Achieving Resiliency Goals through Comprehensive Vulnerability Assessment & Flexible Adaptation Planning
Jeff Naumick, PE
Senior Principal Engineer at Hazen and Sawyer
While there are many uncertainties surrounding climate change, it is virtually certain that sea levels will continue to rise for many centuries. Coupled with the effects of storm surge from more frequent and intense extreme events, resulting impacts are expected across a range of sectors, predominantly in densely populated coastal regions. Within the water resources sector, wastewater treatment plants are particularly vulnerable due to their placement at low-lying elevations for collection by gravity and proximity to water bodies for discharge purposes. Protection of these facilities is of vital importance to avoid disruption of public service, damage to equipment, and spillage of wastewater into nearby waterways.
Adaptation design and implementation can be complicated by evolving or conflicting stakeholder needs. Balancing capital budgets and the level of desired protection is intrinsic to most designs. Use of different funding sources (for example FEMA and state revolving funds) on the same resiliency project may result in varying scheduling requirements and protection requirements as reflected in different design flood elevation determinations. Differing stakeholder preferences for project bundling could also impact final resiliency design and implementation. As such, successful resiliency projects must not only address specific infrastructure risks, but also allow for flexible resiliency planning which can evolve to balance stakeholder requirements. The purpose of this talk is to walk through a proven resiliency framework that facilitates an efficient and comprehensive vulnerability assessment while also allowing for flexible adaptation planning that accommodates varying stakeholder, budgeting, and scheduling constraints.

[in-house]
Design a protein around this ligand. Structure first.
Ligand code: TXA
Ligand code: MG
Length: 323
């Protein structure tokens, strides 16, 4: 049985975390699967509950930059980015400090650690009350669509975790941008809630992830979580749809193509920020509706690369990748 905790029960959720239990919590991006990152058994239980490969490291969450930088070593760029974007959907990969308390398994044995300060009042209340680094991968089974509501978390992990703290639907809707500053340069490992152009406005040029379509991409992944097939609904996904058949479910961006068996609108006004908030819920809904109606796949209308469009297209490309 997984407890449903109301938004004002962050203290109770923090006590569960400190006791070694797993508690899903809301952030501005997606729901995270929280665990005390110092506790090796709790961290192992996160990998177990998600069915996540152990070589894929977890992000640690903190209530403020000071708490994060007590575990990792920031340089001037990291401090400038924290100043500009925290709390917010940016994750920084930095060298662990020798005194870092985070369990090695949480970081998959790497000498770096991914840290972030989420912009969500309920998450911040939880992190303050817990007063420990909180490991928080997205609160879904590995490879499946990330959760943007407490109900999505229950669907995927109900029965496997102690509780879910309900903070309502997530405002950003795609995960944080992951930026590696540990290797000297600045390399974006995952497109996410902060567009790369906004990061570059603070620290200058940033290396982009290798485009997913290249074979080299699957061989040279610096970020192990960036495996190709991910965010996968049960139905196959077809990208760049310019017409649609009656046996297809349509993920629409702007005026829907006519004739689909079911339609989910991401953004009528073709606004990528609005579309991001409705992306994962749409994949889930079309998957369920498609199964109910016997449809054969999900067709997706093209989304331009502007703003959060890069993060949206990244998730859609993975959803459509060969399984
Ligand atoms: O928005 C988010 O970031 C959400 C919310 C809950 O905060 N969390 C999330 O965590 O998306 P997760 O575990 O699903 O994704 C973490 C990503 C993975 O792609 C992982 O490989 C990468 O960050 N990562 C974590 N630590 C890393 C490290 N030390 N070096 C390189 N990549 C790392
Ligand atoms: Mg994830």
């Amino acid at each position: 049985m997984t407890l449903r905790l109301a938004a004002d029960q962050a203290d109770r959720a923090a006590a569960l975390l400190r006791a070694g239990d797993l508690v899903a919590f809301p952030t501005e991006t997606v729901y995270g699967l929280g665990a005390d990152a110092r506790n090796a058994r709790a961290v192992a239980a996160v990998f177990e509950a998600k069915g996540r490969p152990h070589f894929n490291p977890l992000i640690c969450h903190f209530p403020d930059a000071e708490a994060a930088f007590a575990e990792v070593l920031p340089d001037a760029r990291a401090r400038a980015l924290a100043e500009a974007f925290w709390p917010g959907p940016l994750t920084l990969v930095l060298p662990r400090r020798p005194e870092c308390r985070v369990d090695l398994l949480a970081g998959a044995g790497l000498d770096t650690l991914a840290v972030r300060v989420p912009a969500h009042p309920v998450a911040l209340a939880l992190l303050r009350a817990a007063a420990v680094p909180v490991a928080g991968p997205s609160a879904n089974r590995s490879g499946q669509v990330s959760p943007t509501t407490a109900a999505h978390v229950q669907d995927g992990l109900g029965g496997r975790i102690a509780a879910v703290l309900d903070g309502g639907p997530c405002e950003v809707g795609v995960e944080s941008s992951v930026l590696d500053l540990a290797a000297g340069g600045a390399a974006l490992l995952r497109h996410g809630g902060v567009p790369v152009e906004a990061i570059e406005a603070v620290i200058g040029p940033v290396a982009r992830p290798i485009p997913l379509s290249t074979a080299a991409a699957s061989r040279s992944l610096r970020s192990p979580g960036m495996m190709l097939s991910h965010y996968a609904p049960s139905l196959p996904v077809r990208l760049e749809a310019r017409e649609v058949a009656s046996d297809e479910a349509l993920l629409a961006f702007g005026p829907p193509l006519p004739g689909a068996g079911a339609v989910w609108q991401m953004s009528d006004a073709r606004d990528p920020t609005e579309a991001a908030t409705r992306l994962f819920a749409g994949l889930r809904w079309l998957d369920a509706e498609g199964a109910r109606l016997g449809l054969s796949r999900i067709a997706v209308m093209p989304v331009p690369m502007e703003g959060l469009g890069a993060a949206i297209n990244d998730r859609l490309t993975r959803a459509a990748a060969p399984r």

Jeff Naumick, PE is a Senior Principal Engineer at Hazen and Sawyer. Jeff has been with Hazen for over 10 years and has worked as a design engineer on numerous water and wastewater projects for the Philadelphia Water Department, NYCDEP, American Water, and various other regional clients. Jeff was part of the team that developed NYC’s Climate Risk Assessment and Adaptation Study for NYCDEPs wastewater treatment infrastructure after Hurricane Sandy. Jeff received his B.S. from Penn State and M.S. from Villanova University.
This seminar does qualify for 1.0 Professional Development Hour (PDH). A Certificate of Attendance will be available on site for AWRA-PMAS members only. The meeting price for non-members who wish to receive a Certificate of Attendance for the PDH is $10.00 ($3.00 for meeting + $7.00 for certificate).
Please note: all lunch orders will close by noon on the day before the presentation. In addition, all lunch orders will need to be paid for online by this time. We are unable to refund the cost of lunch or meeting fees because they are paid ahead of time based on number of registrations.